After breakfast we joined the queue to exit the ship and get in another queue for the shuttle bus that would take us to Oporto. You see, we weren’t really at Oporto, we were at Leixões which is the port for Oporto which isn’t actually called Oporto when you’re in Portugal, it’s called Porto. Right, glad we’ve got that sorted out
The queue to exit the ship was long and twisting. Just as we were beginning to see daylight, we joined another queue, coming from the opposite direction. Twenty minutes after joining the queue, we exited on to the dock. Then we had to go out through the beautiful terminal building and saw the extent of the queue for the bus to Oporto and immediately decided to go to Leixões instead. I’d like to tell you it is a pretty little fishing village, but it’s not. Apart from the cruise terminal building, it’s an ugly sprawling concrete town with two things to recommend it. An enormous Lidl and a beautiful beach. We visited both.
Have you ever noticed that all Lidls smell the same. It’s not a bad smell, or even an unpleasant one, it’s just a smell. It might be something to do with the air freshener they use. This is the first time I’ve realised that it’s there, but it is, definitely. Check the next time you’re in a Lidl! Water on the ship costs £1.75 for 500ml. Water in Lidl is €0.11 for 330ml. It might not originate from Harrogate as the ship’s water allegedly does, but it’s still water and at roughly 15p for 500ml, it’s a lot cheaper than P&O H₂O. We bought a bottle, to see if we could get it past Gort the guard at the ship who scans everything you bring on board. Any alcohol you attempt to bring back is seized and held in the hold until you return to the UK.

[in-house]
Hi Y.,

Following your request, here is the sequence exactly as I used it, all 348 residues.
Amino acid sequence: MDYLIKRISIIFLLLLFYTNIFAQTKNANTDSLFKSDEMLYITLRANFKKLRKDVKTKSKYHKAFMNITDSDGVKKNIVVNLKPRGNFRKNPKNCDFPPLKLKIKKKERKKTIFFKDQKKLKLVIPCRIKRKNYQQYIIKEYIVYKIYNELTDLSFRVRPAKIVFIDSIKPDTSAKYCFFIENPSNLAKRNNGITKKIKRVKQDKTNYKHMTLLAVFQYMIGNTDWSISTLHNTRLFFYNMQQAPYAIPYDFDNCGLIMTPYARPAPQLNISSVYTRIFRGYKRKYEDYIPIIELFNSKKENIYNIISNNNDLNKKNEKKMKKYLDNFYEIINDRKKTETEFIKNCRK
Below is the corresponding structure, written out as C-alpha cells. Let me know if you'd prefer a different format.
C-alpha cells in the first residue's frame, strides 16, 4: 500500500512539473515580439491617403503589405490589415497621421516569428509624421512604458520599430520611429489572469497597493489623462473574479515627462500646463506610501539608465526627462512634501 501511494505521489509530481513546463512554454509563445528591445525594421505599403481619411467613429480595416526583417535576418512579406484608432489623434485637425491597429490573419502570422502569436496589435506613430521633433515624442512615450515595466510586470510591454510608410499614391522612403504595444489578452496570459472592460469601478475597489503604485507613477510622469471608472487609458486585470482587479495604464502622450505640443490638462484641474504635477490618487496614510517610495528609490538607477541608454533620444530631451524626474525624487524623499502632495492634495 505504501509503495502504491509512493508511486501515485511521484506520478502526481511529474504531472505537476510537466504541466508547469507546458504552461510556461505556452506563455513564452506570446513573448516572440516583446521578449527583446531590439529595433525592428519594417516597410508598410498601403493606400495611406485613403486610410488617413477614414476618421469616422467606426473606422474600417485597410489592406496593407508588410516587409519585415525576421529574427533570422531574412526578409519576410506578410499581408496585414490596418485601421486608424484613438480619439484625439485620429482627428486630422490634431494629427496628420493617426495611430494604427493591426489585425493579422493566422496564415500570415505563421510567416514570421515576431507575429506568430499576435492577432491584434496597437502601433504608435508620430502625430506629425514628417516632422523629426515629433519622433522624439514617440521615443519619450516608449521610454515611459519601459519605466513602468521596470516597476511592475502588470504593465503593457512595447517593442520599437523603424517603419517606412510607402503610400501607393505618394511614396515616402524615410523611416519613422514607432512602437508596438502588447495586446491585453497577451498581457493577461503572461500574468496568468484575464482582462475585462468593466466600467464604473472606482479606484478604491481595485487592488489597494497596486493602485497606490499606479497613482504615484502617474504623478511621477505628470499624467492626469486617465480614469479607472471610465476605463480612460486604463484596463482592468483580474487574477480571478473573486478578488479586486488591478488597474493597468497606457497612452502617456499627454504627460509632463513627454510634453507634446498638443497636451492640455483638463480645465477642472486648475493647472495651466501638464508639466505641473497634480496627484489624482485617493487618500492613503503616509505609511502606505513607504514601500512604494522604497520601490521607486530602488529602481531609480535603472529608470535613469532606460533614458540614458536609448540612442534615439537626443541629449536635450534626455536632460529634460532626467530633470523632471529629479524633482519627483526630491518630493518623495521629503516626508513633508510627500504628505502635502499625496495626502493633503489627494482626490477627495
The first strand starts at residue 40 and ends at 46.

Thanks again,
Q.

After buying our budget water, a small bottle of orange juice, which might also be confiscated (they don’t tell you about that in the shiny brochures, do they?) and a bag of cherries which were never going to make it back to the ship, we went for a beer, because it was hot. Just over 30ºc hot. We had a beer in a beachside cafe, then a coffee and a Portuguese custard tart that was just as good as the ones we usually have in Lisbon. When we left I asked the waiter how to say “Thank You” and found out it is “Obrigado”.
Next we went for a walk along the prom. That’s one of the delights of a holiday for Scamp, a walk along the prom, in the sun. We walked right to the end of the prom, watching the surfers out catching the waves, then we turned round and had a paddle on the way back to the bus. Just got to the port gate as the bus was arriving and surprised the driver by saying “Obrigado” rather than “Thank You” when we got off at the terminal. The Terminal is an impressive building with swirls of white concrete covered in shiny tiles. It really has to be seen to be appreciated. Boarding was much easier and quicker than disembark and we grabbed the opportunity to do some sunbathing at the blunt end of the ship (technical term). We went swimming in the little kidney shaped pool at that end and then found out that there had been a medical emergency on board and our departure would be delayed by about 40minutes. Those 40 minutes expanded to just over two hours, but with the emergency ambulance driving slowly down the dockside, some poor couple’s holiday came to an end. Hope the woman was ok.
Dinner was with a talkative group at our table and after that, we played cards as the show was nothing to write home about, even in a blog.